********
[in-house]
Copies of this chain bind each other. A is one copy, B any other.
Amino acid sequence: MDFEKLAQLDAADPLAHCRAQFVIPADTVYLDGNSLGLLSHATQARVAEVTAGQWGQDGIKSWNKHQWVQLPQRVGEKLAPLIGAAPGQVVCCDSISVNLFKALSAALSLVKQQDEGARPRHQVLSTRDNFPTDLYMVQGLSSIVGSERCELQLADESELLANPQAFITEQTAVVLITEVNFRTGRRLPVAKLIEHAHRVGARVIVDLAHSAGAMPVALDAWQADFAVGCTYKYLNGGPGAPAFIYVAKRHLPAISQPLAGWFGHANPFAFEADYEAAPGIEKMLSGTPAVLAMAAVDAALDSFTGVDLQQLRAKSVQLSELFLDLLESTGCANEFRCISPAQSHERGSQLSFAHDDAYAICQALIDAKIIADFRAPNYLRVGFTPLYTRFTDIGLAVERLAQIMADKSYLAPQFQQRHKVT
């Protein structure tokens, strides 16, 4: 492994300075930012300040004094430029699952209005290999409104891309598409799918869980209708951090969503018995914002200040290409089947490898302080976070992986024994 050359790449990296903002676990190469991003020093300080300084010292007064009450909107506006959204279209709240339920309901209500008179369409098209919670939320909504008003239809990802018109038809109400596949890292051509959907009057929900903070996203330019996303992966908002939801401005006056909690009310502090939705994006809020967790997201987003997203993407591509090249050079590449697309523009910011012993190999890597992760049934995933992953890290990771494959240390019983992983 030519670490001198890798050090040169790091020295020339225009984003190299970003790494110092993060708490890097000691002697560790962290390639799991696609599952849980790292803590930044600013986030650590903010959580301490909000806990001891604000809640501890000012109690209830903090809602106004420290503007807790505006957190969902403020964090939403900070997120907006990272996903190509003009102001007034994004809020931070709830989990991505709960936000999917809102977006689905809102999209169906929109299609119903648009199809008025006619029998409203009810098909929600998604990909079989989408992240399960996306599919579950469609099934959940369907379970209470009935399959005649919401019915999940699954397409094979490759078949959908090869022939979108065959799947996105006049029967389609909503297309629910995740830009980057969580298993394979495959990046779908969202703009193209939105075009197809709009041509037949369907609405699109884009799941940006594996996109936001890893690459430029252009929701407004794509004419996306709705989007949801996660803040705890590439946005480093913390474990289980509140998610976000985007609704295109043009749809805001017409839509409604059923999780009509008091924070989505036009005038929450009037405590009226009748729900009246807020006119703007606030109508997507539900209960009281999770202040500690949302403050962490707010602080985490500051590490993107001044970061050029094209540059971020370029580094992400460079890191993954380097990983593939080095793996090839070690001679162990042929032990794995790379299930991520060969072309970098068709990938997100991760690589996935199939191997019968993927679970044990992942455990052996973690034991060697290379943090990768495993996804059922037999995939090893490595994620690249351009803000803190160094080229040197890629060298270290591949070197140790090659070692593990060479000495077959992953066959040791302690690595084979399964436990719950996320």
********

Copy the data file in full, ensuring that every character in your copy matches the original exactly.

[in-house]
Copies of this chain bind each other. A is one copy, B any other.
Amino acid sequence: MDFEKLAQLDAADPLAHCRAQFVIPADTVYLDGNSLGLLSHATQARVAEVTAGQWGQDGIKSWNKHQWVQLPQRVGEKLAPLIGAAPGQVVCCDSISVNLFKALSAALSLVKQQDEGARPRHQVLSTRDNFPTDLYMVQGLSSIVGSERCELQLADESELLANPQAFITEQTAVVLITEVNFRTGRRLPVAKLIEHAHRVGARVIVDLAHSAGAMPVALDAWQADFAVGCTYKYLNGGPGAPAFIYVAKRHLPAISQPLAGWFGHANPFAFEADYEAAPGIEKMLSGTPAVLAMAAVDAALDSFTGVDLQQLRAKSVQLSELFLDLLESTGCANEFRCISPAQSHERGSQLSFAHDDAYAICQALIDAKIIADFRAPNYLRVGFTPLYTRFTDIGLAVERLAQIMADKSYLAPQFQQRHKVT
């Protein structure tokens, strides 16, 4: 492994300075930012300040004094430029699952209005290999409104891309598409799918869980209708951090969503018995914002200040290409089947490898302080976070992986024994 050359790449990296903002676990190469991003020093300080300084010292007064009450909107506006959204279209709240339920309901209500008179369409098209919670939320909504008003239809990802018109038809109400596949890292051509959907009057929900903070996203330019996303992966908002939801401005006056909690009310502090939705994006809020967790997201987003997203993407591509090249050079590449697309523009910011012993190999890597992760049934995933992953890290990771494959240390019983992983 030519670490001198890798050090040169790091020295020339225009984003190299970003790494110092993060708490890097000691002697560790962290390639799991696609599952849980790292803590930044600013986030650590903010959580301490909000806990001891604000809640501890000012109690209830903090809602106004420290503007807790505006957190969902403020964090939403900070997120907006990272996903190509003009102001007034994004809020931070709830989990991505709960936000999917809102977006689905809102999209169906929109299609119903648009199809008025006619029998409203009810098909929600998604990909079989989408992240399960996306599919579950469609099934959940369907379970209470009935399959005649919401019915999940699954397409094979490759078949959908090869022939979108065959799947996105006049029967389609909503297309629910995740830009980057969580298993394979495959990046779908969202703009193209939105075009197809709009041509037949369907609405699109884009799941940006594996996109936001890893690459430029252009929701407004794509004419996306709705989007949801996660803040705890590439946005480093913390474990289980509140998610976000985007609704295109043009749809805001017409839509409604059923999780009509008091924070989505036009005038929450009037405590009226009748729900009246807020006119703007606030109508997507539900209960009281999770202040500690949302403050962490707010602080985490500051590490993107001044970061050029094209540059971020370029580094992400460079890191993954380097990983593939080095793996090839070690001679162990042929032990794995790379299930991520060969072309970098068709990938997100991760690589996935199939191997019968993927679970044990992942455990052996973690034991060697290379943090990768495993996804059922037999995939090893490595994620690249351009803000803190160094080229040197890629060298270290591949070197140790090659070692593990060479000495077959992953066959040791302690690595084979399964436990719950996320």